Review of: 2016 Audi Q3 quattro 4dr 2.0T Technik
2016 Audi Q3: Luxury and style in a small package
By David Miller
Oct. 17, 2016
The compact crossover market is booming. With a 94.8 per cent increase in Canadian luxury compact crossover sales from 2014 to 2015 (and more than 100 per cent if you include the Buick Encore), you could say that this is the segment to get into.
Recently, Audi has taken advantage of small crossover demand with its Q3, a recent addition to Canada, but a vehicle that has been around in other markets since 2011. In a short span, it’s done fairly well in sales and is currently embroiled in a close race against German rivals in the BMW X1 and the Mercedes-Benz GLA.
For my test drive, I took out the top-of-the-line 2016 Audi Q3 Quattro Technik. In Canada, only one engine is offered – a turbocharged 2.0-litre four-cylinder that produces 200 hp and 207 lb-ft of torque and that’s matched to a six-speed automatic transmission.
Pros & Cons
- + Acceleration
- + Ride comfort
- + cargo versatility
- - Rear seat space
- - Navigation system
- - Limited drivetrain choices
Its smaller dimensions and low-to-the-ground profile make the Audi Q3 appear to be more hatch than SUV. A coupe-like silhouette gives some character to a less-than-distinctive overall appearance. That hatchback look fully takes shape in the rear with LEDs that wrap around onto the tailgate as a finishing touch.
The signature black Audi grille makes the four-ring logo pop, creating a powerful presence, further enhanced by slanted LED headlamps – in the upper trims – that complement the grille with a more cutting-edge style. Shiny chrome connects those two main exterior design elements, which are packaged with large air intakes at the bottom.
Audi does a good job creating a luxurious sanctuary without making it complicated. The Q3 has a simple, refined style that mainly relies on the pleasures of soft leather and metallic trim.
Due to its smaller shape (about 25 cm shorter in length than the Q5), sleek silhouette and panoramic sunroof, the Q3 lacks an abundance of headroom and legroom in a rear seat only suited to average-sized adults. If you’re planning a road trip with friends, the Q3 will get the job done, but your friends won’t get to stretch out their legs.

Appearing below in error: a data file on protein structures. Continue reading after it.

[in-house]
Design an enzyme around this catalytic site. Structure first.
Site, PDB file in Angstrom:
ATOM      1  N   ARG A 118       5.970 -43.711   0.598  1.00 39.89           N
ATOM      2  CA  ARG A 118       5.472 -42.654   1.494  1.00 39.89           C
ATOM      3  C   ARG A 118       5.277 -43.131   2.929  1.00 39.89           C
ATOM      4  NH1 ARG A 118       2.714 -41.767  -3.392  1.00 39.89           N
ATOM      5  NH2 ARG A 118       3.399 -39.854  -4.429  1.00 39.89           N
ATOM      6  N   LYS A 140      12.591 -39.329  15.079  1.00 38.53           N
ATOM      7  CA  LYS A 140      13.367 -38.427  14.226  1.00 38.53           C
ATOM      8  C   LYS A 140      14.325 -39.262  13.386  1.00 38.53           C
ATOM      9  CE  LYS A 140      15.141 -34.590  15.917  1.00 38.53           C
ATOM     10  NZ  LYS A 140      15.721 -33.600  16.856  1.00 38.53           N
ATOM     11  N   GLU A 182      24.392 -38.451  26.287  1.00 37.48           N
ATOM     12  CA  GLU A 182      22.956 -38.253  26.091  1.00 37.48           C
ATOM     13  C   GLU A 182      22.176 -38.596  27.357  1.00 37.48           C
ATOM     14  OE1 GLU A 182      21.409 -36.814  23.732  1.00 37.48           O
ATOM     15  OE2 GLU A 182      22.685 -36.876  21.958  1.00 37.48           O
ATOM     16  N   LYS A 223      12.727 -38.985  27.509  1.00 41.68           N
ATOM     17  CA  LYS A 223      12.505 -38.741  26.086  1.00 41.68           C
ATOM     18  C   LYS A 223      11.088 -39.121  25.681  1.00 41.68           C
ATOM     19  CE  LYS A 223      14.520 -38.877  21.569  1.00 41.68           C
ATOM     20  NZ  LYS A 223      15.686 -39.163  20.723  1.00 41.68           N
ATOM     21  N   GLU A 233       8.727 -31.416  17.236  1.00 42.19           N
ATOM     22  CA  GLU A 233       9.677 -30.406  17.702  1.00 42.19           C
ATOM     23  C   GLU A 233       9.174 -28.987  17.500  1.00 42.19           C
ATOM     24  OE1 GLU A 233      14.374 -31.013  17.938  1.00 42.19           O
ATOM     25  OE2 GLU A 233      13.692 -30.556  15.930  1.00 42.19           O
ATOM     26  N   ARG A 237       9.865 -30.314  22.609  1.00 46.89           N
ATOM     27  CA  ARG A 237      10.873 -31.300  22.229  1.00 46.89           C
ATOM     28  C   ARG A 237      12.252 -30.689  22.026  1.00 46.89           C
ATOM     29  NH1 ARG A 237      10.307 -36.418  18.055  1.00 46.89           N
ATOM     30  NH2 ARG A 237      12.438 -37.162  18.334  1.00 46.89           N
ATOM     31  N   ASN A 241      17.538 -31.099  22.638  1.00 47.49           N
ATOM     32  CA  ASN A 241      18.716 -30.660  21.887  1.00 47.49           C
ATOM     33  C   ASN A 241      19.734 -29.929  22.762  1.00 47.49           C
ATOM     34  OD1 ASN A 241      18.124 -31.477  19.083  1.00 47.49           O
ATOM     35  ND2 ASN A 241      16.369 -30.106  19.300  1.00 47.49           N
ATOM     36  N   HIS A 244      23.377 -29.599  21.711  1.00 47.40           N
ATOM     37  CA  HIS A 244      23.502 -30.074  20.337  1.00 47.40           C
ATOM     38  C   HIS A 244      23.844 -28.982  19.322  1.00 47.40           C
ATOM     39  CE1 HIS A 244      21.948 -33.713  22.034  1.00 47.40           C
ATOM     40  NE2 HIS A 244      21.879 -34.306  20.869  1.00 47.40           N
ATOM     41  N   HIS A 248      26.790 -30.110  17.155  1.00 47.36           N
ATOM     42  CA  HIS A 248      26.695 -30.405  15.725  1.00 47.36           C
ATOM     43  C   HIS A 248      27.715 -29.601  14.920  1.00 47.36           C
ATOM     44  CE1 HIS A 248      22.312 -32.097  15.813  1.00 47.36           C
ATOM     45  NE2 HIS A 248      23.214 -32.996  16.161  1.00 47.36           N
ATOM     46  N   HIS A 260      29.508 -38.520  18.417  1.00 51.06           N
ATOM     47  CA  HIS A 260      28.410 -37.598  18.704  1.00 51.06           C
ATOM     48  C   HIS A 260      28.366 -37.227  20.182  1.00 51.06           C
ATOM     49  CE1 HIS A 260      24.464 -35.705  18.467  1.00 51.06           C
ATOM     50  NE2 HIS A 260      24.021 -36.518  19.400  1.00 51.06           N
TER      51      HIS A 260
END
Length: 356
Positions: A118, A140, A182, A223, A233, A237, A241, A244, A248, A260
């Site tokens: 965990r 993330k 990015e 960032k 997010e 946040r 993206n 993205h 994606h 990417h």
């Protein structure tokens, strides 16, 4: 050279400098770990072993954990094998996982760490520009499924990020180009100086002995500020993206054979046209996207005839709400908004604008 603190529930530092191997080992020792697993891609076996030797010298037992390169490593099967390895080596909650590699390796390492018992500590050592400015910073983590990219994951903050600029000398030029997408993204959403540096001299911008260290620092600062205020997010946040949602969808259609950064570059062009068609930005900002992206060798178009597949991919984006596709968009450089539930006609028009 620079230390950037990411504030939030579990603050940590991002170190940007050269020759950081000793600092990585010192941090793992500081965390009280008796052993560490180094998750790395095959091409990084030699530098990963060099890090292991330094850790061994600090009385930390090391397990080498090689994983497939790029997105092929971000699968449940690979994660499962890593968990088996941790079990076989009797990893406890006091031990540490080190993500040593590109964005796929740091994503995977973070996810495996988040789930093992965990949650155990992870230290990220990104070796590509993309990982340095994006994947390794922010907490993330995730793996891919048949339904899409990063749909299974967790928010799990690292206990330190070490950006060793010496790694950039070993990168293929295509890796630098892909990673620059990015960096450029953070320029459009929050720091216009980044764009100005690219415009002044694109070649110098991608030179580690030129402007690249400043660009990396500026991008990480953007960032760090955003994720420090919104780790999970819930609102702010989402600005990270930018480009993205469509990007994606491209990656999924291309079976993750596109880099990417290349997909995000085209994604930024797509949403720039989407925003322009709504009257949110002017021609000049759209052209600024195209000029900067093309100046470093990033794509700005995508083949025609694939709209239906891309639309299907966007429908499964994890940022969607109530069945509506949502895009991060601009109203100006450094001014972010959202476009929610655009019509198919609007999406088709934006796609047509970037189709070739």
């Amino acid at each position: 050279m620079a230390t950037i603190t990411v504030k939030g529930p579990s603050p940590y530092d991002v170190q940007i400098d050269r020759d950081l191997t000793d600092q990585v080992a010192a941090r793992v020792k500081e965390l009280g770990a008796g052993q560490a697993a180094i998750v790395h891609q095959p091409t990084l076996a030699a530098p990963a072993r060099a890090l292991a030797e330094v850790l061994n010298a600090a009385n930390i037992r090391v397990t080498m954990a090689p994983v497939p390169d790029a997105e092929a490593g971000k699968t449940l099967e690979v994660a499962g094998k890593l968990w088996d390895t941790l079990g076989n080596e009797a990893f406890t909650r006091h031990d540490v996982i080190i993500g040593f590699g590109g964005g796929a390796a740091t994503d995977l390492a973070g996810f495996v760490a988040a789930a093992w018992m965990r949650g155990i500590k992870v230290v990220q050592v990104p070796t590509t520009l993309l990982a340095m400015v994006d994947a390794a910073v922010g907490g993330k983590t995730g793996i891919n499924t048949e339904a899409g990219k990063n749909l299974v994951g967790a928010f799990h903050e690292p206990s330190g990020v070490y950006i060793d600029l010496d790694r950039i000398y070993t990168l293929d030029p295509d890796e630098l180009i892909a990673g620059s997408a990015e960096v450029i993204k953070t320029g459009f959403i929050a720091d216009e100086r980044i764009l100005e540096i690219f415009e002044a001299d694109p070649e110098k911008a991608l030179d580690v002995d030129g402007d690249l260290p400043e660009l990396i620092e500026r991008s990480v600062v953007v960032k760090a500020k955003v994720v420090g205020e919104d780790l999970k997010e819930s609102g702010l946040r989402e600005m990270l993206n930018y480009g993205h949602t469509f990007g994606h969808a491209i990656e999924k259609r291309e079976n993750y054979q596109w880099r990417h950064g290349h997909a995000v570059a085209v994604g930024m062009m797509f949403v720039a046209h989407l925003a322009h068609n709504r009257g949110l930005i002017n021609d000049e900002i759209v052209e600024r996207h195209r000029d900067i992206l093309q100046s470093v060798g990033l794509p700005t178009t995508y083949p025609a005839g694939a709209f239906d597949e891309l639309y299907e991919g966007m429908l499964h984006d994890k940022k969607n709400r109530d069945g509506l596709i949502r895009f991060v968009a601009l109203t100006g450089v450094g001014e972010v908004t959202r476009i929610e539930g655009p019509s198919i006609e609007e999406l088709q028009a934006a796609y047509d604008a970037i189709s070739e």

For the young families to whom this car is marketed, the Q3 excels in cargo space. It starts off with 460 litres (16.7 cu. ft.) that can be expanded to 1,365 litres when you fold down the back seat, a dimension that’s pretty much in line with its German competitors.
Everything is nicely organized in the centre console, as you would expect from German craftsmanship. It all starts with a seven-inch touchscreen that uses Audi’s Multi-Media Interface (MMI), controlled by dials and buttons below the air vents. I found having the controlling knob in the centre of the console to be much better than BMW’s iDrive system, which has you reach back behind the gear shift. Rounding out this orderly arrangement are climate control dials that are self-explanatory and easy to adjust.
The MMI system itself is easy to figure out, but that doesn’t hold for the optional ($1,900) navigation system. I found it difficult to input addresses once a city was already programmed. It didn’t always allow me to start anew, wasting time.
A rearview camera comes standard, as expected from any luxury offering, along with an Audi advanced key with passive entry and push-button start, power tailgate, LED headlights and taillights with dynamic indicators and an upgraded 14-speaker Bose sound system in the Technik package.
My Q3 tester was fitted with Audi’s well-renowned Quattro all-wheel drive system for an additional $2,500. It wasn’t essential for my long distance travel from Toronto to Calabogie in May. But for the winter time, a little extra balance and confidence and the knowledge that power is being sent to all four wheels may be worth that extra price.
The aforementioned 2.0-litre turbo has a lot of initial acceleration, which will be expected by returningAudi owners familiar with the brand’s use of turbocharging. That quickness continues as you get up to speed with seamless gear changes. The best part about the Q3’s performance is that it’s engineered for the typical crossover driver and not for the speed junkie: you’ll enjoy the smooth ride without much road or engine noise.
Direct and responsive steering uses torque vectoring to help in enthusiastic cornering. The Q3 will automatically adjust power distribution and braking to guide you through challenging turns.
The front row seats were comfortable, causing no back pain during my four-hour Ontario drive from Toronto to Calabogie. On top of that, I saw a respectable fuel consumption average of 8.2 L/100 km over my 600 km journey.
If you’re looking for value, the Audi Q3 doesn’t really play that game, but neither do the Mercedes-Benz GLA or BMW X1. The Q3 is essentially an upscale version of the Volkswagen Tiguan and an entry-level vehicle for the Audi brand.
The Q3 starts at $34,300 and works its way up to $43,200 for the Technik trim with all-wheel drive. The only value can be seen in comparison to the Q5: in that case, you will save the $8,000 price bump that comes with the Q3’s larger sibling.
The 2016 Audi Q3 offers consumers luxury, comfort and performance all in one smaller package, well tailored for people looking for a premium vehicle without the need for a lot of space.
Performance is smooth and well-balanced and the Q3 is quick to respond when needed. While the technology could use some upgrading considering the price paid, all-in-all, the Q3 feels like it deserves its place in Audi’s roster and offers the same refinement found in the brand’s other products.